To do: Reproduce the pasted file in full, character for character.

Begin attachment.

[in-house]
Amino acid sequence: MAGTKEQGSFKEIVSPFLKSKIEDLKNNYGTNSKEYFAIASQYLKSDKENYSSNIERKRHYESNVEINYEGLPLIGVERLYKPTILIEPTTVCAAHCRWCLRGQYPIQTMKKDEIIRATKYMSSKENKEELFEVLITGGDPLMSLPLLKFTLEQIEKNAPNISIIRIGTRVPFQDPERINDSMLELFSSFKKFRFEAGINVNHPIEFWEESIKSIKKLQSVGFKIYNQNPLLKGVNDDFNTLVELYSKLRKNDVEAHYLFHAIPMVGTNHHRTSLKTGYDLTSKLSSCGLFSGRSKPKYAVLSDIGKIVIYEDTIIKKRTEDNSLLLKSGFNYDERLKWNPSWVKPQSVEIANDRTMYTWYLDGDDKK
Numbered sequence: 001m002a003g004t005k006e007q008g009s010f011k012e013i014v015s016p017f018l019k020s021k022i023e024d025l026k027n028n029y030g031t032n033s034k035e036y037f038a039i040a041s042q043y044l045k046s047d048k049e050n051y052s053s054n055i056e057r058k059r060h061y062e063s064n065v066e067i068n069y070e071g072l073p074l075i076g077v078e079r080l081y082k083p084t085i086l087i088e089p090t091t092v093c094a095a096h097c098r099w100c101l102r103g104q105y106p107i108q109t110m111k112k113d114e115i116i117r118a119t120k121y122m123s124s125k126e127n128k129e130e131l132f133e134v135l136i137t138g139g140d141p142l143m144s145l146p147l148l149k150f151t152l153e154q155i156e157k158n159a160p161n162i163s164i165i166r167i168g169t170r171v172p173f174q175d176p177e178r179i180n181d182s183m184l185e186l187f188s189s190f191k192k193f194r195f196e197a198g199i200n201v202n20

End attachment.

[in-house]
Amino acid sequence: MAGTKEQGSFKEIVSPFLKSKIEDLKNNYGTNSKEYFAIASQYLKSDKENYSSNIERKRHYESNVEINYEGLPLIGVERLYKPTILIEPTTVCAAHCRWCLRGQYPIQTMKKDEIIRATKYMSSKENKEELFEVLITGGDPLMSLPLLKFTLEQIEKNAPNISIIRIGTRVPFQDPERINDSMLELFSSFKKFRFEAGINVNHPIEFWEESIKSIKKLQSVGFKIYNQNPLLKGVNDDFNTLVELYSKLRKNDVEAHYLFHAIPMVGTNHHRTSLKTGYDLTSKLSSCGLFSGRSKPKYAVLSDIGKIVIYEDTIIKKRTEDNSLLLKSGFNYDERLKWNPSWVKPQSVEIANDRTMYTWYLDGDDKK
Numbered sequence: 001m002a003g004t005k006e007q008g009s010f011k012e013i014v015s016p017f018l019k020s021k022i023e024d025l026k027n028n029y030g031t032n033s034k035e036y037f038a039i040a041s042q043y044l045k046s047d048k049e050n051y052s053s054n055i056e057r058k059r060h061y062e063s064n065v066e067i068n069y070e071g072l073p074l075i076g077v078e079r080l081y082k083p084t085i086l087i088e089p090t091t092v093c094a095a096h097c098r099w100c101l102r103g104q105y106p107i108q109t110m111k112k113d114e115i116i117r118a119t120k121y122m123s124s125k126e127n128k129e130e131l132f133e134v135l136i137t138g139g140d141p142l143m144s145l146p147l148l149k150f151t152l153e154q155i156e157k158n159a160p161n162i163s164i165i166r167i168g169t170r171v172p173f174q175d176p177e178r179i180n181d182s183m184l185e186l187f188s189s190f191k192k193f194r195f196e197a198g199i200n201v202n20